You must edit a configuration file on your vRealize Orchestrator server to specify the domain name and domain controller name.

Prerequisites

You must have the root password if you are using the vRealize Orchestrator virtual appliance or the administrator credentials if vRealize Orchestrator is installed in a Windows server.

Procedure

  1. Log in as root (or as an administrator if you have a Windows server).
  2. Search for the krb5.conf file and rename it to krb5.conf.back.

    On a virtual appliance, this file is located in etc/krb5.conf, if it exists.

  3. Create a krb5.conf file in the appropriate directory.

    Server Type

    Description

    Virtual appliance

    /usr/java/jre-vmware/lib/security/

    Windows server

    C:\Program Files\Common Files\VMware\VMware vCenter Server - Java Components\lib\security\

  4. Open the krb5.conf file with a text editor and add the following lines, with the appropriate values:
    [libdefaults]
       default_realm = YOURDOMAIN.COM
       udp_preference_limit = 1
    [realms]
       YOURDOMAIN.COM = {
          kdc = yourDC.yourdomain.com
          default_domain = yourdomain.com
       }
    [domain_realms]
    . yourdomain.com= YOURDOMAIN.COM
    yourdomain.com= YOURDOMAIN.COM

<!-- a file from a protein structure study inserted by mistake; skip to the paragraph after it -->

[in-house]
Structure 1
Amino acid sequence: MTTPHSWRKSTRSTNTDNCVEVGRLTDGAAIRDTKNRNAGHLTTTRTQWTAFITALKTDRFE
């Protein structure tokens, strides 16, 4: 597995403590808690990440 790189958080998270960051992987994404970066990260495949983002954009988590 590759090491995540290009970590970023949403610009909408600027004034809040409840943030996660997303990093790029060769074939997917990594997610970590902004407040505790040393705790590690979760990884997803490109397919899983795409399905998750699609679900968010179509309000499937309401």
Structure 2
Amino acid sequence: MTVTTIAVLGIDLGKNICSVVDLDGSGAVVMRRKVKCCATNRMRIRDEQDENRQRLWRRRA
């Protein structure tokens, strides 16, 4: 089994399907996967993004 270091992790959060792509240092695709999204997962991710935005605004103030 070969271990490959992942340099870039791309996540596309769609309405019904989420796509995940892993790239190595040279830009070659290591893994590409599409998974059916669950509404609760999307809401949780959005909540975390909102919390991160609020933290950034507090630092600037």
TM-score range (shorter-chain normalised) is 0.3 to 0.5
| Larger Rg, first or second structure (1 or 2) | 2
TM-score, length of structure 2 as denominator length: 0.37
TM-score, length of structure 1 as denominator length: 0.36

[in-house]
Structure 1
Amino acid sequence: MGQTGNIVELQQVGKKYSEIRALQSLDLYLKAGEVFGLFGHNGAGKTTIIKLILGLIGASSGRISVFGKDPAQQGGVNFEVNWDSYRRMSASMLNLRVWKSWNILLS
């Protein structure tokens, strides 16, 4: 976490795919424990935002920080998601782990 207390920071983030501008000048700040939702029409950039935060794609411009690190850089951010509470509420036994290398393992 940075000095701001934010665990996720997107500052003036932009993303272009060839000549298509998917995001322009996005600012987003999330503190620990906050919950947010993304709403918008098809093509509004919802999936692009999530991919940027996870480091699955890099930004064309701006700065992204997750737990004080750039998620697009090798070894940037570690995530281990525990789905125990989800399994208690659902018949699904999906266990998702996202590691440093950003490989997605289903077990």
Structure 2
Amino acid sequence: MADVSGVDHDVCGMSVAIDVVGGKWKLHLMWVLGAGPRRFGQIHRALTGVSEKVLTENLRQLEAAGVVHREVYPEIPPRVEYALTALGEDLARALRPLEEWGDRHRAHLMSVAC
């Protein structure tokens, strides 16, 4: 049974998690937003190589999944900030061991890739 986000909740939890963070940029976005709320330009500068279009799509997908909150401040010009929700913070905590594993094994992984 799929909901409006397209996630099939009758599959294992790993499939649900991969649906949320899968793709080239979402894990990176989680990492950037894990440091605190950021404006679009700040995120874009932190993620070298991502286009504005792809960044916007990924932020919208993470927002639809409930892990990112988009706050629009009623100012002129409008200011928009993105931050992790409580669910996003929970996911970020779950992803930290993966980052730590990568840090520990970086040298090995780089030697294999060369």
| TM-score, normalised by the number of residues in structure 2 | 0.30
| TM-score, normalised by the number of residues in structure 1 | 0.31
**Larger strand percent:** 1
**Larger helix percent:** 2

5. If you are using a virtual appliance, use the following command to change permissions of the file to make it readable:
    chmod 644 /usr/java/jre-vmware/lib/security/krb5.conf
  6. Verify that the PowerShell host (that is, the physical machine that needs to be registered) and the domain controller host names can be resolved from the vRealize Orchestrator server.

    The DNS of the vRealize Orchestrator must be the same as the DNS of the domain controller, or you can add the machine names or IP addresses of the physical machines and domain controller to the hosts file on the vRealize Orchestrator server.

    On a virtual appliance, this file is located at /etc/hosts.

  7. Restart the vRealize Orchestrator Server service.

What to do next

Add physical machines as PowerShell hosts. See Run Workflows to Add Physical Machines as PowerShell Hosts.

Note:

As an alternative to running the PowerShell workflows, you can use the Add Physical Machines to Pool workflow, available in the Workflows/Example folder. This workflow combines the actions of the Register Machines to Pool workflow and the PowerShell workflows mentioned in Run Workflows to Add Physical Machines as PowerShell Hosts. Before you run the Add Physical Machines to Pool workflow, you must perform the tasks described in Configure a Physical Machine for an Unmanaged Pool and Prerequisites for Adding Unmanaged Machines to Pools.